You cannot simply train someone for a MS guru position that has the kind of passion and belief that an Apple genius employee has for Apple or OSX. It may sound arrogant to some. How many hardcore Windows gurus have you met that genuinely love what MS does and how their products are and are willing to do what it takes to spread that belief? I work 9-to-5 on using Windows (on a Mac though) and believe me I find no joy in having to use it with all the everyday issues one has just to keep it running decently.
post #152 of 169
My thoughts exactly macdanboy. This is going to go over like a lead balloon. I can see it now, hoards of people lined up to fix their blue screen of death. I used to support both macs and pc's. When I was going to fix a mac I knew it would be a half hour or so pretty much no matter how bad it was. When going to fix a PC, I knew it was going to be a royal pain in the ass and take anywhere from an hour or two, to all day. This is going to be a frickin' disaster. I might go just to watch the Guru Bar unravel before my very eyes. How entertaining!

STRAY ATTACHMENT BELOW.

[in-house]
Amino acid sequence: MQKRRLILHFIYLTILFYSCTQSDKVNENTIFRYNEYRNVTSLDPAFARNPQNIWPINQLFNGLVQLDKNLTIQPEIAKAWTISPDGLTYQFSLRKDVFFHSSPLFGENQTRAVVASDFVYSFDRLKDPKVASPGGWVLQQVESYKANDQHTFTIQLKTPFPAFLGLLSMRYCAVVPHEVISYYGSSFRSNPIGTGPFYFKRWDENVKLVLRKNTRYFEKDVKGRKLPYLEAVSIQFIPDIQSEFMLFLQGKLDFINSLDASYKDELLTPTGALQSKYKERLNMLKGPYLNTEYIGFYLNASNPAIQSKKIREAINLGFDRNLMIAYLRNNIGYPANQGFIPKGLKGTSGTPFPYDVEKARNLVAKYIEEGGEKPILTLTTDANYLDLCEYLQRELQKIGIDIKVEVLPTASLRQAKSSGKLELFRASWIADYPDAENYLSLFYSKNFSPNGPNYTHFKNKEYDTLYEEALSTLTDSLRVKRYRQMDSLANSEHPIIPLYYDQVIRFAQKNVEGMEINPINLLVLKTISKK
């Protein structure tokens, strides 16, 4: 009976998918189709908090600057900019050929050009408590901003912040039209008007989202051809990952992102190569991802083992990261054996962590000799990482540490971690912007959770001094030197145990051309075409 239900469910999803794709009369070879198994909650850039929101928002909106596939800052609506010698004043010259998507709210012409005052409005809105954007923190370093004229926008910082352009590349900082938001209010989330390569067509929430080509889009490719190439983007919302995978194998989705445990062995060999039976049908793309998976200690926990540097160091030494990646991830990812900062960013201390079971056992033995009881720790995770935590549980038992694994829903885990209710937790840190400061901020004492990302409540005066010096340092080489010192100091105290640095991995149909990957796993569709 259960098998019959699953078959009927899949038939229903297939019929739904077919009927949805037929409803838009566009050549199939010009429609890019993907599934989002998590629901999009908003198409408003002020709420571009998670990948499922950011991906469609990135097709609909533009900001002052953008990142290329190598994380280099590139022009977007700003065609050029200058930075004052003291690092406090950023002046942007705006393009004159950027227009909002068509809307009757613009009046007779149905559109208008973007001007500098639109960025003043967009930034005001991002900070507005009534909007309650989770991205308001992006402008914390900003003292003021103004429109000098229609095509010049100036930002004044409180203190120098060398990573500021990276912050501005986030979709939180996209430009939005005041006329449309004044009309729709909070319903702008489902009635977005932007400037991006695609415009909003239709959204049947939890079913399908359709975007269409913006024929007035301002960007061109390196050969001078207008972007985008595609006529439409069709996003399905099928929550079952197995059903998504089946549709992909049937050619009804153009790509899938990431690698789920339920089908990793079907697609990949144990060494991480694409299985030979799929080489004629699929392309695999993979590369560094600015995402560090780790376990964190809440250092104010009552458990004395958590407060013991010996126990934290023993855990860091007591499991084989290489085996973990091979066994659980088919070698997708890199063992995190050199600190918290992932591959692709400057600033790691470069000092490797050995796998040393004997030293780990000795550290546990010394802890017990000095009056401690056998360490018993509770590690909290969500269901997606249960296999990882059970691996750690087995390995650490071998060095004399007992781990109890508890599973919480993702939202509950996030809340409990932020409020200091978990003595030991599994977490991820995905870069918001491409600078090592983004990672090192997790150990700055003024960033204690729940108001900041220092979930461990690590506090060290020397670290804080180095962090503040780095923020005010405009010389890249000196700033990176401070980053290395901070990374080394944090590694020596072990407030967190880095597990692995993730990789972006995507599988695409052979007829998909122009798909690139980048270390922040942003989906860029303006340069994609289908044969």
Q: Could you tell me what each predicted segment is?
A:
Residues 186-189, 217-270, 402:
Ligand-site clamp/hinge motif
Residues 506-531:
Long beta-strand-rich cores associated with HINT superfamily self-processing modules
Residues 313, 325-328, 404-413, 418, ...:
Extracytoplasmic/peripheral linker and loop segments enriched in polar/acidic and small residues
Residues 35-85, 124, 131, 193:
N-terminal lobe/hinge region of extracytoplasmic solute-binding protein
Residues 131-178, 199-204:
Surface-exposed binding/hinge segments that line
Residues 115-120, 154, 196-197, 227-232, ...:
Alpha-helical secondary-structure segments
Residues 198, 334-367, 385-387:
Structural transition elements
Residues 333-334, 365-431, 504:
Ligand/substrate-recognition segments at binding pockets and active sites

post #153 of 169
So what's new about Microsoft copying Apple?
They've been doing that since the beginning,

That's their big idea of going into retail? Sheeezz!
Very original I might add.

C
post #154 of 169
Quote:
Originally Posted by SDW2001 View Post

Let's Review the rip offs to date:

Entire Mac desktop...check!

Recycle bin vs.Trash...check!

Gadgets vs. Widgets...check!

Windows Flip 3D vs. Expose....check!

Zune vs. iPod...check!

Store concept...check!

Guru bar...check!

It's just getting ridiculous at this point.



post #155 of 169
Quote:
Originally Posted by SDW2001 View Post

Let's Review the rip offs to date:

Entire Mac desktop...check!

Recycle bin vs.Trash...check!

Gadgets vs. Widgets...check!

Windows Flip 3D vs. Expose....check!

Zune vs. iPod...check!

Store concept...check!

Guru bar...check!

It's just getting ridiculous at this point.



So what's next?

WINDOWS GOLDEN DELICIOUS
WINDOWS GRANNY SMITH
WINDOWS GRAPE
WINDOWS KIWI

????

WINDOWS [Put your favorite fruit here]............


C
post #156 of 169
Quote:
Originally Posted by Anthracite View Post

Folks, Im not a fan of MSFT by any means, but there are only so many ways to skin a cat.

A Nissan dealership looks a lot like a Toyota dealership which looks a lot like a Plymouth dealership. Big glass windows, cars lined up in neat rows, sales people inside at desks, maybe a free hotdog on weekends.